I also think that any difference that won’t show up on a lab-grade high frequency oscilloscope won’t show up in your ears. And many differences that do represent a degradation in sound quality rather than an improvement. (For example, “warmth,” “presence,” etc.)

    Randi is one of my modern-day heroes.

  13. Skwid says:

    Ah…perhaps “legendary” would be a better choice, then? Mythical implies an inability to prove via direct evidence…legendary equates to little more than well known and well aged.

  14. Chris Tucker says:

    “Oxygen free copper cables”?

    Please. Don’t make me laugh. I have chapped lips.

    OK, is it oxygen free cables that sound better because the electrons don’t bump into the oxygen atoms and slow down and get all out of sequence, or is there some other BS about oxygen free copper I’m forgetting?

    I think my favorite audiophile money removing device is the Quantum Dot CD sound improving device.

    Read all about it

    http://www.machinadynamica.com/machina64.htm

    Warning! This BS WILL MAKE YOUR HEAD ASPLODE!

  15. bricology says:

    “Oxygen free copper cables”? Please. Don’t make me laugh. I have chapped lips. OK, is it oxygen free cables that sound better because the electrons don’t bump into the oxygen atoms and slow down and get all out of sequence, or is there some other BS about oxygen free copper I’m forgetting?”

    I believe that the name comes from the way that the cables are manufactured, with oxygen excluded from the process so that when the wire is coated, there’s no oxygen trapped, which could cause oxidation (corrosion) of the copper. It’s standard practice on good cables made of any metal that corrodes through reaction to oxygen.

  16. Skep says:

    “That being said, i have heard differences in cables many times – in fact, i just did a review of some and my results were the same as other reviewers.”

    It is important to note that nobody is saying that crappy cables can’t sound bad. What I’m saying is that above a certain level of quality speaker cables in short runs are not audibly discernible from one another in double blind test. The Pear cables are not audibly different from regular high quality cables. JREF has put $1,000,000 on the line to back that up. If you have magic hearing you could walk off with that prize, but you’d have to do some preliminary legwork, testing and publicity first. But for a $1,000,000 a small outlay would certainly be worth it.

    However, since you didn’t use a double blind test you can’t be sure that the differences you think you heard are actual audible differences rather then placebo.

    “I think that part of the problem is this: many people who naysay differences by changing cables, for example, may not be able to hear those differences. There may be (it’s likely, given our modern background noise levels) a significant portion of people who suffer from aural myopia, for lack of a better term…When without their glasses, a person that needs glasses does not automatically put into question what a person with ‘normal’ vision sees.
    yet we seem to be fine putting down what another person hears as bullsh*t.
    seems kinda contrary to logic, no?”

    Yes, I’m putting down what “another person hears as bullshit” because that person is a human being subject to errors in threshold of perception judgement and to placebo effect. Double bind tests prevent these errors from being a factor and allow us to separate what is true from what merely seems to be true.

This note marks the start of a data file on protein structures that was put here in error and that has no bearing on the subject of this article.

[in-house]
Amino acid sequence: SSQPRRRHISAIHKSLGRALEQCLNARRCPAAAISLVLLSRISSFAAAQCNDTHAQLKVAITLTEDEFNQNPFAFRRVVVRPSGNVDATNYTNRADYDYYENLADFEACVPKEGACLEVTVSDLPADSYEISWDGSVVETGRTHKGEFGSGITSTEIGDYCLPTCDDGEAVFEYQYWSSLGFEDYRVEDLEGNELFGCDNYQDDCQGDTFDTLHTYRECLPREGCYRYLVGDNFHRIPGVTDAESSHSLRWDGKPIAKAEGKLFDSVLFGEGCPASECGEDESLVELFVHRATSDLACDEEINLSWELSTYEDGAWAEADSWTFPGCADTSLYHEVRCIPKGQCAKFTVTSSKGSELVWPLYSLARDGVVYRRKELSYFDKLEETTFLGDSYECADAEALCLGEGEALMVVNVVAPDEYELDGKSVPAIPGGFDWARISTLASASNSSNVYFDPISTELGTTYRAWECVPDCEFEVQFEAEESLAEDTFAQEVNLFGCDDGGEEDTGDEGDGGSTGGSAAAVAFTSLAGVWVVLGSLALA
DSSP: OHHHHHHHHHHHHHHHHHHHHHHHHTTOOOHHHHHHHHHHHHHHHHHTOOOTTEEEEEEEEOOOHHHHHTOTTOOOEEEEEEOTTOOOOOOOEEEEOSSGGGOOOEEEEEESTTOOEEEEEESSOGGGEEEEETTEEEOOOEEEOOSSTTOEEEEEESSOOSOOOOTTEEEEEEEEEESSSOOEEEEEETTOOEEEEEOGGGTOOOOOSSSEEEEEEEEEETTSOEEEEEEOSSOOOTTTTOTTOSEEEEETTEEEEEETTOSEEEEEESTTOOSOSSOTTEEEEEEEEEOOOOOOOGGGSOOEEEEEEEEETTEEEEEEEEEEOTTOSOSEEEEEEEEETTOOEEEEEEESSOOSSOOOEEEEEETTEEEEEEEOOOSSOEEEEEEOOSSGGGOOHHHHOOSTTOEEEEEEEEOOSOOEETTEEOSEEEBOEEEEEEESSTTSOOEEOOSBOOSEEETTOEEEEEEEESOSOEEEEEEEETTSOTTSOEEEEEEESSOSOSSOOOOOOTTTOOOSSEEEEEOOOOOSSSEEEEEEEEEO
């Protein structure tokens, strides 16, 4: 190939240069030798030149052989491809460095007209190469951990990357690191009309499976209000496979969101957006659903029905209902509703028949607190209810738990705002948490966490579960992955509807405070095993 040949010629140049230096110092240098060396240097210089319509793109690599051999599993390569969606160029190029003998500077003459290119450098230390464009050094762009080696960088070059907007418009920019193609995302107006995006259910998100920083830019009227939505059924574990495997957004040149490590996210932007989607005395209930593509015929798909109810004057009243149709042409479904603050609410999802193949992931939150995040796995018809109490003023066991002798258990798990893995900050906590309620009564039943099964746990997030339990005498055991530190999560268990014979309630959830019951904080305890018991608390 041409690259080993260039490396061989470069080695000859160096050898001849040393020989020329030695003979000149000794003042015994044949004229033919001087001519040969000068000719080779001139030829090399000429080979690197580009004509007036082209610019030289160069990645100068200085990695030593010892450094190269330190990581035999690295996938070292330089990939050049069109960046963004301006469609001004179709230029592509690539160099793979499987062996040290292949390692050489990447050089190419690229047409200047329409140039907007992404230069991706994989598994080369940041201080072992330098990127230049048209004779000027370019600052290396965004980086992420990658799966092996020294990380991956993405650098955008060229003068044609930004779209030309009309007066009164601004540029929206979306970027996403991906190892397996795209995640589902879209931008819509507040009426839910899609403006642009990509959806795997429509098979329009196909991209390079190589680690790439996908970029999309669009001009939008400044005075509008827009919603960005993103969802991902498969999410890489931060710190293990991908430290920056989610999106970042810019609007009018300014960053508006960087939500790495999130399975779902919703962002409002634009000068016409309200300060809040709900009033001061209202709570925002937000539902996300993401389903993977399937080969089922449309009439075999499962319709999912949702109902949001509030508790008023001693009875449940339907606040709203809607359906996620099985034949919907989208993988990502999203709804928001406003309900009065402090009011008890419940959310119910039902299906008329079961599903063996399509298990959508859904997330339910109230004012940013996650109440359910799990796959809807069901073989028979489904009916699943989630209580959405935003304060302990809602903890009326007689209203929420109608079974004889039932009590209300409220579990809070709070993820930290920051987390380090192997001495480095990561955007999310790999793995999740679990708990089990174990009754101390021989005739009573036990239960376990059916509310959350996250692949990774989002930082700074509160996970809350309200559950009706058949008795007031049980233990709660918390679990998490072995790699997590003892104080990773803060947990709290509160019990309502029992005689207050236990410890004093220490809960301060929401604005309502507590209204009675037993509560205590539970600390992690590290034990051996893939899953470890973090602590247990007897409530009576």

As to your point about some people having better hearing than others, that is irrelevant. Why? Because nobody, not even self-selected experts, audiophiles and “golden ears,” can hear the difference between regular high quality speaker cables and super premium cables in a double blind test. So, it isn’t about whether I can hear the difference, it is about whether anyone can hear a difference. Remember, $1,000,000 says it can’t be done–by anybody.

    The problem would seem to be that pesky lack of double blind testing for your reviews. You need to change that if you want to have valid results that are not colored by your subconscious. And excuses like “Oh, sure it was an open test but I didn’t read reviews first” are just that, excuses. Go back and do a proper DBT and see if your “review” still holds up. If it does, you could win $1,000,000… However, I what I think you will find is that those differences that were so obvious in “open” testing will completely disappear in double blind testing. There is a good chance that rather than accept the reality that you imagined the differences you will come up with some unjustified attack on double blind tests so that you won’t have to believe that you were self-deluded.

    PS
    As of 10:18 AM PST, Oct 3, 2007 the blockquote tag seems to have been retroactively disabled. This means that the quotes in some of my posts now appear without quotations. Please be careful in parsing my earlier posts due to this retroactive change in formatting.

  17. Tubman says:

    I’d suggest “paradoxical”: it’s only possible to win it by doing the impossible.

  18. pgee says:

    I have to challenge the idea of “superior cable” on two basic elements.

    The first, we don’t hear all frequencies uniformly. As we age, our hearing becomes impaired at various frequencies. The dynamic range of various cables could be altered by bad solder joints anywhere in the signal path. This could be measured as resistance with a multi meter or with sophisticated computer based measurement devices. How it translates in to a frequency waveform doesn’t mean that the listener involved will hear a uniform difference, because listeners aren’t uniform in their hearing.

    Secondly, if you check the AES, (Audio Engineering Society) website, you will find a white paper on “bad science” surrounding this very subject. In short, copper…. is copper. In most cases, a expert’s claim of superior listening prowess, the “golden ear” is at best questionable. In many cases it’s simply ego.